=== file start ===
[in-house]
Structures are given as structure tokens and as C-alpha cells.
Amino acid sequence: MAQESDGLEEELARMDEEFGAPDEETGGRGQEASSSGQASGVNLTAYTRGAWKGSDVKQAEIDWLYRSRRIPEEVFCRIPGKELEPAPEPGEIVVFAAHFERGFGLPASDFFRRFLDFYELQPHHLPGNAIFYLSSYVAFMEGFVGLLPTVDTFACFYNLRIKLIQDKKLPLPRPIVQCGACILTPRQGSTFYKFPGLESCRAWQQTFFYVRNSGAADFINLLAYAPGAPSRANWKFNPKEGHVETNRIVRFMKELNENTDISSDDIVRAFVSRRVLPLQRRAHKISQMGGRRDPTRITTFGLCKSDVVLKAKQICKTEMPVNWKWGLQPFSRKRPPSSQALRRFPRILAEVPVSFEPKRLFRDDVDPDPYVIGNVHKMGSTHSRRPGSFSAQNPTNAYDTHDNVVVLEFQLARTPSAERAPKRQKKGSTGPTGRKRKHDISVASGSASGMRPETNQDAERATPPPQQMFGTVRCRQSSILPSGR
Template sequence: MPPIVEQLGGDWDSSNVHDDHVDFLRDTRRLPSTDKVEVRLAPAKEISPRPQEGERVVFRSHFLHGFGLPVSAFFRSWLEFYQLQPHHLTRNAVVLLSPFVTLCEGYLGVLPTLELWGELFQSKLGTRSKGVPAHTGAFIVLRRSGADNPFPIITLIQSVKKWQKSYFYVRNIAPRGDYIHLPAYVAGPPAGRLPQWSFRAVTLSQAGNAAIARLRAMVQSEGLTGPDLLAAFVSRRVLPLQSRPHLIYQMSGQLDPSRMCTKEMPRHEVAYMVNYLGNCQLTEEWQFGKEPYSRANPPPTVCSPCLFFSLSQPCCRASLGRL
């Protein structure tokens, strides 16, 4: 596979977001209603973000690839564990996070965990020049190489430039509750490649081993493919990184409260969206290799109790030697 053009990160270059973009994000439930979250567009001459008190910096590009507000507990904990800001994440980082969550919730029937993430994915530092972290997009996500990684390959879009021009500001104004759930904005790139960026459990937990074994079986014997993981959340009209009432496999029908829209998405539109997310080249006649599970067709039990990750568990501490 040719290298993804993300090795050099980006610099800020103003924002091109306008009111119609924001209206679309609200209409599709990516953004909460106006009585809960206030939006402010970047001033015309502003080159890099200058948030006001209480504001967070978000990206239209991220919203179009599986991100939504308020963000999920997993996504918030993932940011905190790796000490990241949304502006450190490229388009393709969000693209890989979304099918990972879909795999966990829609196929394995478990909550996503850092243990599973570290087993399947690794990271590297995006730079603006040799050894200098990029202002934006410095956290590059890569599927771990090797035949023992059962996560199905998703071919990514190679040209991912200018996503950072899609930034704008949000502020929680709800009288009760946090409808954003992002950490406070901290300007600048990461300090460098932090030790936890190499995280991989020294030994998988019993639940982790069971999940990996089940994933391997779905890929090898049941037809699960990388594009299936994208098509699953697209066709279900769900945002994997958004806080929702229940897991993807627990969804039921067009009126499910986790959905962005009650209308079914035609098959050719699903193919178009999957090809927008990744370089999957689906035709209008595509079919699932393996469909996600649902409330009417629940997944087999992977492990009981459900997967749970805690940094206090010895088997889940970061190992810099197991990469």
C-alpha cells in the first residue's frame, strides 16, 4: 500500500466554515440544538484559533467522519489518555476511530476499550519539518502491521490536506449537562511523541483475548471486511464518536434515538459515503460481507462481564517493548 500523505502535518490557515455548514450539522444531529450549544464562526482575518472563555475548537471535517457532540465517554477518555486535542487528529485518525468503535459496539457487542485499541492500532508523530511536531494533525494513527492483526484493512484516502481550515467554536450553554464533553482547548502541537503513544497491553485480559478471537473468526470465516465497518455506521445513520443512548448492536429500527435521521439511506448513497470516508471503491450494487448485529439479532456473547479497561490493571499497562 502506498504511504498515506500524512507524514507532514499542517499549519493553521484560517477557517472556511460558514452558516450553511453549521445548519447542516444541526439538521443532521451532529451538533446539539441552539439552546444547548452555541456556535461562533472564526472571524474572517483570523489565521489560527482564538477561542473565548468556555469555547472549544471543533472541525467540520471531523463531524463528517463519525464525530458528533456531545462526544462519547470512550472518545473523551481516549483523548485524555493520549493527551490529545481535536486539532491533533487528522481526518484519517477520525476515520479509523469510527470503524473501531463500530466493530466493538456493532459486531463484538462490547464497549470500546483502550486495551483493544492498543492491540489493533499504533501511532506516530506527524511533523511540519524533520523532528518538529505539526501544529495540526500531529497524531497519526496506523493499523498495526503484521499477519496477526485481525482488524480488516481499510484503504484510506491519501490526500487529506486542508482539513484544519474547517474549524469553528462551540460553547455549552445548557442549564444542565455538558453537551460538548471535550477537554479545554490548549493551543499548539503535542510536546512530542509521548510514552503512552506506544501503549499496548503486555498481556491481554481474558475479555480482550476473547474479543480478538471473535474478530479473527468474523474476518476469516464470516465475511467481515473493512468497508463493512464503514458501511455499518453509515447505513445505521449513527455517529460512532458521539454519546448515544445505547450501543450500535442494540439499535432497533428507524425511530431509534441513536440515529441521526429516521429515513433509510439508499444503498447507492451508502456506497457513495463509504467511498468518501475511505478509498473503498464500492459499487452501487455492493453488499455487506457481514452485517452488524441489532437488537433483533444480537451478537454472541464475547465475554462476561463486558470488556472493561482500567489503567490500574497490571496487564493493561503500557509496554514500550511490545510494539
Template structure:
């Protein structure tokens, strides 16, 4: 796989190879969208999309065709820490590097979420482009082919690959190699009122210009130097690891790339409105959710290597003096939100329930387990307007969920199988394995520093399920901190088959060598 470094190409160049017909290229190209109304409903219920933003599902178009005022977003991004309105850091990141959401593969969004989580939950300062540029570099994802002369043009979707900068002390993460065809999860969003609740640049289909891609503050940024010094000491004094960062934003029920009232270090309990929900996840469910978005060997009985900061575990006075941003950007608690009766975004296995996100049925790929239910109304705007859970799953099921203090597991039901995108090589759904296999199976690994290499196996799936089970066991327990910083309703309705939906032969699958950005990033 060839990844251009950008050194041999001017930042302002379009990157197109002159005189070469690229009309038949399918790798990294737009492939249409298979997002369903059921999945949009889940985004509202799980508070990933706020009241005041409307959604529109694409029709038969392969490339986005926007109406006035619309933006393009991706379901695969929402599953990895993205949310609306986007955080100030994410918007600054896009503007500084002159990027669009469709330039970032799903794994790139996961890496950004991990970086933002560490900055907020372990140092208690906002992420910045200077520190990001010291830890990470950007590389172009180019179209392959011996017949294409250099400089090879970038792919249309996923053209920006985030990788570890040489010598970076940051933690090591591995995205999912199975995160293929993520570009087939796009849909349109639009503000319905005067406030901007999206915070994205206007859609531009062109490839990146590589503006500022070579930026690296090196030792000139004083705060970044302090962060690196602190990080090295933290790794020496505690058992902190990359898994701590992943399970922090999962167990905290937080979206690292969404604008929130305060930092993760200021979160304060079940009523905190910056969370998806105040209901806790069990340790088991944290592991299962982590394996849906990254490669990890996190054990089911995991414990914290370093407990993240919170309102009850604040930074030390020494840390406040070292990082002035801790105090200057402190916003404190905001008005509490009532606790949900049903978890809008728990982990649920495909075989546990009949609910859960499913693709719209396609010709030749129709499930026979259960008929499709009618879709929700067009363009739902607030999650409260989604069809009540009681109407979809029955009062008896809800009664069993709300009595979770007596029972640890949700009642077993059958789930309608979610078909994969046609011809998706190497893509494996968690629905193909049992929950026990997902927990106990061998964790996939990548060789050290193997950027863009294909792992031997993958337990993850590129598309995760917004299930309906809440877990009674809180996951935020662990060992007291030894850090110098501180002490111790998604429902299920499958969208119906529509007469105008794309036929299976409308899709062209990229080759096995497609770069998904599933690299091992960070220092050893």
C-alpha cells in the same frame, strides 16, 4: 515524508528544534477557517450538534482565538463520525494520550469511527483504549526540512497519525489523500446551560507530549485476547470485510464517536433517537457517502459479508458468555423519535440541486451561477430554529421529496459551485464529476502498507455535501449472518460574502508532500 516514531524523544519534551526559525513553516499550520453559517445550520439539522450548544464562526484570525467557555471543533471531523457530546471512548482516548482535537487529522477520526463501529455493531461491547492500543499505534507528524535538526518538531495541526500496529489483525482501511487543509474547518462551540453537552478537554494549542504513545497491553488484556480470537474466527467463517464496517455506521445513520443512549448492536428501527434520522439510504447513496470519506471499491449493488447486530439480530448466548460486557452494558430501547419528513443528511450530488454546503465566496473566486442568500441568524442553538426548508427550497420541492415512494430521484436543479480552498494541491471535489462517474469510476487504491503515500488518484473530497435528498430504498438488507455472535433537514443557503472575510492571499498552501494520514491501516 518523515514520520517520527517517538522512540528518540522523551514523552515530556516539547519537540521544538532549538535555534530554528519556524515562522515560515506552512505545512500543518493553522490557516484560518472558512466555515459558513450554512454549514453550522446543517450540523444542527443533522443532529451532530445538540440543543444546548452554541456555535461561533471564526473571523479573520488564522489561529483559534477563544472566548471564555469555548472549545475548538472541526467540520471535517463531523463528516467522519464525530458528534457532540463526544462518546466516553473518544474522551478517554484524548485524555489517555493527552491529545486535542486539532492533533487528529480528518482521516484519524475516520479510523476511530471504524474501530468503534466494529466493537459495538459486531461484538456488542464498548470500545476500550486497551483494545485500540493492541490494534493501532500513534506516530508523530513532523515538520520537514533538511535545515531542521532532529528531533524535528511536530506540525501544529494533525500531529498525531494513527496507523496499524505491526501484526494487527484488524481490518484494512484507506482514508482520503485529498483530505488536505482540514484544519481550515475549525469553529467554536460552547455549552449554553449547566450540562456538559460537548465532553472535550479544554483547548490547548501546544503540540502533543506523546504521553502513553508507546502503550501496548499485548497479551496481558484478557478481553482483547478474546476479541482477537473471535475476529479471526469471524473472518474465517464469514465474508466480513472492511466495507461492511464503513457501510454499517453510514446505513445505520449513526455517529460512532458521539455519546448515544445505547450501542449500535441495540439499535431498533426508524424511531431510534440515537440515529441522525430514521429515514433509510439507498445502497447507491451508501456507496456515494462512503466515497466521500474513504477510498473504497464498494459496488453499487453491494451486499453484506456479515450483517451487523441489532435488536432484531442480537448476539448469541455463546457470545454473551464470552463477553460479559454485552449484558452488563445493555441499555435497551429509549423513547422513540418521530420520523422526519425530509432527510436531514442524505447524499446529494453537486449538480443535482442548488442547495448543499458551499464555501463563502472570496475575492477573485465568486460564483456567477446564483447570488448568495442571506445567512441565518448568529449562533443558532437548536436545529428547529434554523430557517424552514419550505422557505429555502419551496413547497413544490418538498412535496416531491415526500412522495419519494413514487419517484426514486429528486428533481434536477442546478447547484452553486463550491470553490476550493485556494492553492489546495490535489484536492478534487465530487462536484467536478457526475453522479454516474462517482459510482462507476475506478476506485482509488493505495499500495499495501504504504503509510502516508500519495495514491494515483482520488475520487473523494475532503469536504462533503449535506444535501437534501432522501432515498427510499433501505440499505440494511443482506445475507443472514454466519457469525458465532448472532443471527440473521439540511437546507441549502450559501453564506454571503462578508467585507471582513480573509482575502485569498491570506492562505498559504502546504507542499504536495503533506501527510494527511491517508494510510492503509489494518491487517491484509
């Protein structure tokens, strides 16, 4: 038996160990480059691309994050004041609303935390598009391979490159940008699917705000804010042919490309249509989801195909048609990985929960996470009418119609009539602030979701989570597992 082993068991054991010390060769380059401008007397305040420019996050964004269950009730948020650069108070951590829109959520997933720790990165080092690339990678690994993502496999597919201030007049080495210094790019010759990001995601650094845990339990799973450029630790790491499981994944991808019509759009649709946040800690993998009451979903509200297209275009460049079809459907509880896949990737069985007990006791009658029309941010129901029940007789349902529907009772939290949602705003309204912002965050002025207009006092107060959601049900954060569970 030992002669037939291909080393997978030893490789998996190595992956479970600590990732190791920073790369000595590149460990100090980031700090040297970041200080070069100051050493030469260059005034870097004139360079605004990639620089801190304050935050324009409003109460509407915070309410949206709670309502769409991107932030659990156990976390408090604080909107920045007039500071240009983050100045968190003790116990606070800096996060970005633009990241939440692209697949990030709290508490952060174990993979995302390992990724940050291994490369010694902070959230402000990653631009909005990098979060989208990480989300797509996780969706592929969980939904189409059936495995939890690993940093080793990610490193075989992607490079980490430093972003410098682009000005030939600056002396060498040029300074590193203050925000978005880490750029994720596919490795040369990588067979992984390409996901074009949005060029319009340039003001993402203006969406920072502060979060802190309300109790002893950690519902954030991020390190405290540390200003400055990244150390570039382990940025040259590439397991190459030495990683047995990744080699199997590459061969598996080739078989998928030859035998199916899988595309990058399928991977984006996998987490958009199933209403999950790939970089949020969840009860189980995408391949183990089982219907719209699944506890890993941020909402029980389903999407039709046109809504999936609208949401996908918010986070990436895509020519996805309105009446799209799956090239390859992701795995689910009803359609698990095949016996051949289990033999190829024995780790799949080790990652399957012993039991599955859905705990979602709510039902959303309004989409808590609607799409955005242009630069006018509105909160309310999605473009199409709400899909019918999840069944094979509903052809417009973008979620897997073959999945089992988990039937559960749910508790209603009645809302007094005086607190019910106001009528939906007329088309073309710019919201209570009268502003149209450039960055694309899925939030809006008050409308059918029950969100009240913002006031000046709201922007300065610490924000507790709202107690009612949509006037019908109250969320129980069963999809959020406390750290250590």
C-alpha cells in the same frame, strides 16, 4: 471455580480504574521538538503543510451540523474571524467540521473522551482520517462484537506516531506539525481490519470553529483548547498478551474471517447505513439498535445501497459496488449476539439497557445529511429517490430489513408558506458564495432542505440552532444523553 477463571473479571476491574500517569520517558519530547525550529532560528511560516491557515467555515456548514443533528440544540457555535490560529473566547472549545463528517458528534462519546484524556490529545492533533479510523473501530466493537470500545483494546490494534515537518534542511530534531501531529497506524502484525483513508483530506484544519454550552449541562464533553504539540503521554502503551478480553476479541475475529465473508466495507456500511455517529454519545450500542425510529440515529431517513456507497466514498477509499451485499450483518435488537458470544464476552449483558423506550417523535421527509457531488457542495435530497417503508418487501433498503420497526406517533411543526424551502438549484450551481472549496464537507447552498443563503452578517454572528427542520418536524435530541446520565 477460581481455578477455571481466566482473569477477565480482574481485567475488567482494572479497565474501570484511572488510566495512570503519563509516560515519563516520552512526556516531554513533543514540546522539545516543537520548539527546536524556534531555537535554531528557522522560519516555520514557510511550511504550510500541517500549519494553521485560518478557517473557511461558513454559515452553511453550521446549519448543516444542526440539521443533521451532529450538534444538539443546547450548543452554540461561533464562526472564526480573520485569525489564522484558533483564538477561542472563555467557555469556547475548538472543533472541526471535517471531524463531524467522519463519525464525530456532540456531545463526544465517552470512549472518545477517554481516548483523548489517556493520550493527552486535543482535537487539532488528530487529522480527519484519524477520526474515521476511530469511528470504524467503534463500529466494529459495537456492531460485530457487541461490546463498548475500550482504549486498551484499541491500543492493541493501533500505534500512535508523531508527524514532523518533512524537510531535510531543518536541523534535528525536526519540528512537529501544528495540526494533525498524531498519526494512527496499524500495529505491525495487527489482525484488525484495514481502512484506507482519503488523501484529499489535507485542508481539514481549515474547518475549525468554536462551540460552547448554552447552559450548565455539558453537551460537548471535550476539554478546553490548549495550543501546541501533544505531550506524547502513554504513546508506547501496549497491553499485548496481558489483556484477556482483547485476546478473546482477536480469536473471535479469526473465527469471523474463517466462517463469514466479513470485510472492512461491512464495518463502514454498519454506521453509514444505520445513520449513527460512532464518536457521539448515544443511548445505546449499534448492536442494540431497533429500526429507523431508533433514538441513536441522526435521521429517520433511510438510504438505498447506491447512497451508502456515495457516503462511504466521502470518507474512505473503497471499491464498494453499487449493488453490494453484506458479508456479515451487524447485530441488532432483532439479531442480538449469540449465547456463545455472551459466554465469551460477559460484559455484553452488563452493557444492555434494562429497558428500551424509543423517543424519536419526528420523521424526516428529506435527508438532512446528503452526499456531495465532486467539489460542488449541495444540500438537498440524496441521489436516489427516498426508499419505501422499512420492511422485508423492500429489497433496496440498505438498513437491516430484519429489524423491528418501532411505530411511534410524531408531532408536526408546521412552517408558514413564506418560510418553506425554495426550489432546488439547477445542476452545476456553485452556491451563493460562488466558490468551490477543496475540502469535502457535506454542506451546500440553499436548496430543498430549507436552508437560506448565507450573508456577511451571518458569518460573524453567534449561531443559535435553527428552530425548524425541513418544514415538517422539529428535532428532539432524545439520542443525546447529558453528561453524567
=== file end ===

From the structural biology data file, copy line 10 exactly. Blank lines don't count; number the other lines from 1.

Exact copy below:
């Protein structure tokens, strides 16, 4: 038996160990480059691309994050004041609303935390598009391979490159940008699917705000804010042919490309249509989801195909048609990985929960996470009418119609009539602030979701989570597992 082993068991054991010390060769380059401008007397305040420019996050964004269950009730948020650069108070951590829109959520997933720790990165080092690339990678690994993502496999597919201030007049080495210094790019010759990001995601650094845990339990799973450029630790790491499981994944991808019509759009649709946040800690993998009451979903509200297209275009460049079809459907509880896949990737069985007990006791009658029309941010129901029940007789349902529907009772939290949602705003309204912002965050002025207009006092107060959601049900954060569970 030992002669037939291909080393997978030893490789998996190595992956479970600590990732190791920073790369000595590149460990100090980031700090040297970041200080070069100051050493030469260059005034870097004139360079605004990639620089801190304050935050324009409003109460509407915070309410949206709670309502769409991107932030659990156990976390408090604080909107920045007039500071240009983050100045968190003790116990606070800096996060970005633009990241939440692209697949990030709290508490952060174990993979995302390992990724940050291994490369010694902070959230402000990653631009909005990098979060989208990480989300797509996780969706592929969980939904189409059936495995939890690993940093080793990610490193075989992607490079980490430093972003410098682009000005030939600056002396060498040029300074590193203050925000978005880490750029994720596919490795040369990588067979992984390409996901074009949005060029319009340039003001993402203006969406920072502060979060802190309300109790002893950690519902954030991020390190405290540390200003400055990244150390570039382990940025040259590439397991190459030495990683047995990744080699199997590459061969598996080739078989998928030859035998199916899988595309990058399928991977984006996998987490958009199933209403999950790939970089949020969840009860189980995408391949183990089982219907719209699944506890890993941020909402029980389903999407039709046109809504999936609208949401996908918010986070990436895509020519996805309105009446799209799956090239390859992701795995689910009803359609698990095949016996051949289990033999190829024995780790799949080790990652399957012993039991599955859905705990979602709510039902959303309004989409808590609607799409955005242009630069006018509105909160309310999605473009199409709400899909019918999840069944094979509903052809417009973008979620897997073959999945089992988990039937559960749910508790209603009645809302007094005086607190019910106001009528939906007329088309073309710019919201209570009268502003149209450039960055694309899925939030809006008050409308059918029950969100009240913002006031000046709201922007300065610490924000507790709202107690009612949509006037019908109250969320129980069963999809959020406390750290250590």